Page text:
Contemporary art galleries have multiplied in recent years. Among the oldest is the 35-year-old LewAllen Contemporary, a block from the Plaza. The gallery just opened a second branch at the city’s new Encantado Resort this week, and plans to open a third in the Railyard district next year. The gallery currently is exhibiting works by Beverly McIver, an African-American painter whose provocative self-portraits depict her in blackface. Co-owner Robert Gardner says his goal is “to bring to Santa Fe a place with the same kind of art experience you’d find in New York or Chicago.”

[Holiday lights at the Inn and Spa at Loretto] Getty Images

Holiday lights at the Inn and Spa at Loretto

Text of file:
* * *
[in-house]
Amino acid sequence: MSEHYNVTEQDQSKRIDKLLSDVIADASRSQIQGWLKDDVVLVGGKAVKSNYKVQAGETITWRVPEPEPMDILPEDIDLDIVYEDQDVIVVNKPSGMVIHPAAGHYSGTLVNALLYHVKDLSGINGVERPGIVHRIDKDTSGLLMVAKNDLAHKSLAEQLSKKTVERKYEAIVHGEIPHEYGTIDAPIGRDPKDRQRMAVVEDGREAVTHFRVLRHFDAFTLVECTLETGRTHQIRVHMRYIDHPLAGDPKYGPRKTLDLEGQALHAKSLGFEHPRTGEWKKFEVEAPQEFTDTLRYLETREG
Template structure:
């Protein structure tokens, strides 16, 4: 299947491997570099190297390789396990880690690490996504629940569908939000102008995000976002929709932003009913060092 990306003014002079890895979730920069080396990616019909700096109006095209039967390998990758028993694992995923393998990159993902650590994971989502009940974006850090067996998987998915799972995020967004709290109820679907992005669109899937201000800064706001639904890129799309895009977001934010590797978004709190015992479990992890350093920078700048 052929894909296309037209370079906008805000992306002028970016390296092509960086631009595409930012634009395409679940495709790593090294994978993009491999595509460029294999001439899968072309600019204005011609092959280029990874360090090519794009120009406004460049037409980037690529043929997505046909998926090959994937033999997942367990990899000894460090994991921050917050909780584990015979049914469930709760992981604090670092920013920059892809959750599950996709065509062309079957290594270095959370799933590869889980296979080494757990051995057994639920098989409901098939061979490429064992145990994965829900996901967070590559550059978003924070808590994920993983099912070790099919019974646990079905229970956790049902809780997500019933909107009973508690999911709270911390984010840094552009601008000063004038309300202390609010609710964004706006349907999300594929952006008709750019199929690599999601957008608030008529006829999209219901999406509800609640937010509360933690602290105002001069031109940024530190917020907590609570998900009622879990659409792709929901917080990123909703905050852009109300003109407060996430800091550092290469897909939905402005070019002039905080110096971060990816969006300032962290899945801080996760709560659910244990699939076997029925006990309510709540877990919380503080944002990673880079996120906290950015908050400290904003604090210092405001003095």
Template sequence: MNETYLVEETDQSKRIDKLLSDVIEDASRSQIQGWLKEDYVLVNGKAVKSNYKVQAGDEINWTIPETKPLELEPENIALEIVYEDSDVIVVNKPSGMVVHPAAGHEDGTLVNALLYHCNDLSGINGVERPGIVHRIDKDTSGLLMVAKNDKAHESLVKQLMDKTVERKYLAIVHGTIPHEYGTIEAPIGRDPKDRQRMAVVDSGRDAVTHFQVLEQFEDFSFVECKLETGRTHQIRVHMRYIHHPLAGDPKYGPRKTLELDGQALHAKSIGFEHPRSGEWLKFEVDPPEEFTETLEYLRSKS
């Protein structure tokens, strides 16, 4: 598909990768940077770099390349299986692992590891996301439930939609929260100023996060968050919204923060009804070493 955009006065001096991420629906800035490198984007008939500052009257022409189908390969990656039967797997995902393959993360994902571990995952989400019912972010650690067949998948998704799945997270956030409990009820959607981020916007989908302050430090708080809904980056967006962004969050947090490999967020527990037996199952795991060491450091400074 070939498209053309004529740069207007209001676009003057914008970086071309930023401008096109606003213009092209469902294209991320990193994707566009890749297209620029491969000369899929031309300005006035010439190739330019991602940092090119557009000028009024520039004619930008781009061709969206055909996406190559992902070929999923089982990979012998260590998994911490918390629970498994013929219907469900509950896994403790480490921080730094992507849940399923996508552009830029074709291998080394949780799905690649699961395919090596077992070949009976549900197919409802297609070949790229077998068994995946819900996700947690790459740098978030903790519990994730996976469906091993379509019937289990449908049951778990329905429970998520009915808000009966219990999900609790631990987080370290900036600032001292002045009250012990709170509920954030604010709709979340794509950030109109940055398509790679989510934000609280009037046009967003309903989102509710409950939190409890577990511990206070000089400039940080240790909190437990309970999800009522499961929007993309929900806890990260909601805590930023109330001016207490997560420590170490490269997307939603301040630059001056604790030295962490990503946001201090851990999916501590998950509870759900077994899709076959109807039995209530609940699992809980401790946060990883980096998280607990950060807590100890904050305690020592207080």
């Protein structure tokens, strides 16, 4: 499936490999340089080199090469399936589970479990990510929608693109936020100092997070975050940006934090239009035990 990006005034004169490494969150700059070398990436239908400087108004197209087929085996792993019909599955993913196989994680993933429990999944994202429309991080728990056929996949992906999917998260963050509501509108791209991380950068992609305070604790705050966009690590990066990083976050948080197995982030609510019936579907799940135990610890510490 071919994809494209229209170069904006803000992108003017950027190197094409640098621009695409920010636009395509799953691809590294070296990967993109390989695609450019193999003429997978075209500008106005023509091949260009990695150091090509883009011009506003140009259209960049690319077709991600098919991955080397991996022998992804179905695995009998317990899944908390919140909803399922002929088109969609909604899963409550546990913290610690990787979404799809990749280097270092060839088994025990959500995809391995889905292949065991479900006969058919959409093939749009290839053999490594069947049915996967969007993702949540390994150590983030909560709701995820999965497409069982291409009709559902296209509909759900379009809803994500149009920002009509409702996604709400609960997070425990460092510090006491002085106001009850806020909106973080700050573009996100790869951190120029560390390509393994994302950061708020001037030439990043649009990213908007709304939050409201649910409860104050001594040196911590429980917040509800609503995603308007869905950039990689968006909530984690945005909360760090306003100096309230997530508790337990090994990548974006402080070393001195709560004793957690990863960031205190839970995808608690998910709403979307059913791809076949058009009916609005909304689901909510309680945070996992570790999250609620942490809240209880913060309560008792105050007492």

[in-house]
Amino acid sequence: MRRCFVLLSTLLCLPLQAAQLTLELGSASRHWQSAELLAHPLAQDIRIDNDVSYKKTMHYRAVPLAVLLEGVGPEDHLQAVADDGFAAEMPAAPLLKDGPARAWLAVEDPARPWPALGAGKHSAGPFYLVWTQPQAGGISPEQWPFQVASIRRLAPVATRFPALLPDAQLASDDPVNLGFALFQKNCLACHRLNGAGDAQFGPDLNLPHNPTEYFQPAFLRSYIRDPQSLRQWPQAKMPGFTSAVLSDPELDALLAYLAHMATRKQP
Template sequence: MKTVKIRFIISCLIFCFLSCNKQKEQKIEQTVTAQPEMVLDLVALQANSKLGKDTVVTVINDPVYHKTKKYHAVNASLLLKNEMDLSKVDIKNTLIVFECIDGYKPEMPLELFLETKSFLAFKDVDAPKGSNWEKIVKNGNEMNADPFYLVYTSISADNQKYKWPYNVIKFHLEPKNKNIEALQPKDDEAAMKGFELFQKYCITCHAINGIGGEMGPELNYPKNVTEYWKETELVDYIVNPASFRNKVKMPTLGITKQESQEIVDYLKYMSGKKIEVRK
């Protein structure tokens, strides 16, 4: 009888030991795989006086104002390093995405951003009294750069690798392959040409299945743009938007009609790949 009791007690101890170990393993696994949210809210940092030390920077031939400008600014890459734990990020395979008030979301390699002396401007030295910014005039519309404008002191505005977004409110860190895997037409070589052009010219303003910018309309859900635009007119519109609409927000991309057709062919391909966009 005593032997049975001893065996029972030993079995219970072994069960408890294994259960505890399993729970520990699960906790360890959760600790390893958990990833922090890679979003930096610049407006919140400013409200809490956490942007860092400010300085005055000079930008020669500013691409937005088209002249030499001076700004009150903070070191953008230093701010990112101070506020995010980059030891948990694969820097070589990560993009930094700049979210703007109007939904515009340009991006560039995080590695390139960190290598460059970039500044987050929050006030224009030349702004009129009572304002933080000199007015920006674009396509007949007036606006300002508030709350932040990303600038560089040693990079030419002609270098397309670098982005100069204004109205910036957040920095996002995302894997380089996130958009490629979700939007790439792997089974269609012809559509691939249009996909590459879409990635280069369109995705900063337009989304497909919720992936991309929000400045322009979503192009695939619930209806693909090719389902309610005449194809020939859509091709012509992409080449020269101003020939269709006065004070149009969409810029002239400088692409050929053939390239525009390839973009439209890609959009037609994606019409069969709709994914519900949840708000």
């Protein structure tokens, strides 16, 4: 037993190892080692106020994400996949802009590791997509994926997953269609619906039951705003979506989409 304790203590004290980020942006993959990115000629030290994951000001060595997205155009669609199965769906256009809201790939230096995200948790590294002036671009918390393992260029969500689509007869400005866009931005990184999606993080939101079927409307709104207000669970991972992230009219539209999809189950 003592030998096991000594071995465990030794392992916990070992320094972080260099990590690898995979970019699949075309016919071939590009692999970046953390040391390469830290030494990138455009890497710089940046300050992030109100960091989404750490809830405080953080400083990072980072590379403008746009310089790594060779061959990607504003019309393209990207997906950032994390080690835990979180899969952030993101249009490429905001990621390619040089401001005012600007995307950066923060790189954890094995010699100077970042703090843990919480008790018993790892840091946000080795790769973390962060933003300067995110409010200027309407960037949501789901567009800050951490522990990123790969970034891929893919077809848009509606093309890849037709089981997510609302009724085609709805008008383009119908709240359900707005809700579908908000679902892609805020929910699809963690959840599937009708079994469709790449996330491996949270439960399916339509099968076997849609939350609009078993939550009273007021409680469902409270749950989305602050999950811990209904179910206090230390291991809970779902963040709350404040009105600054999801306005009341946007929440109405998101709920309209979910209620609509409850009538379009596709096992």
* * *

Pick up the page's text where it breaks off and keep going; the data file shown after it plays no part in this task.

Santa Fe tourism began about a century ago, when trains brought visitors to Indian pueblos and the plaza’s shady park. City planners fostered a uniform style of architecture to create an exotic ambiance for tourists, says Chris Wilson, author of “The Myth of Santa Fe: Creating a Modern Regional Tradition.” Strict rules put in place in the 1950s made sure new construction fit the aesthetic.

Tourism flourished as people bought second homes here in the 1980s and ’90s; recently, growth has slowed. Though Santa Fe real estate hasn’t taken as big a hit as in Phoenix and Las Vegas, home prices have fallen some 20% from two or three years ago, says Bob Chernock, an agent with Santa Fe Realty Partners. Some retailers and gallery directors say summer sales were soft, as high gas prices, air-travel headaches and shaky financial markets dampened art purchasing. At Coady Contemporary gallery, sales are down about 30% from last year, says Judy Coady, the gallery director. “People still come,” she says, “but they treat galleries more like museums.”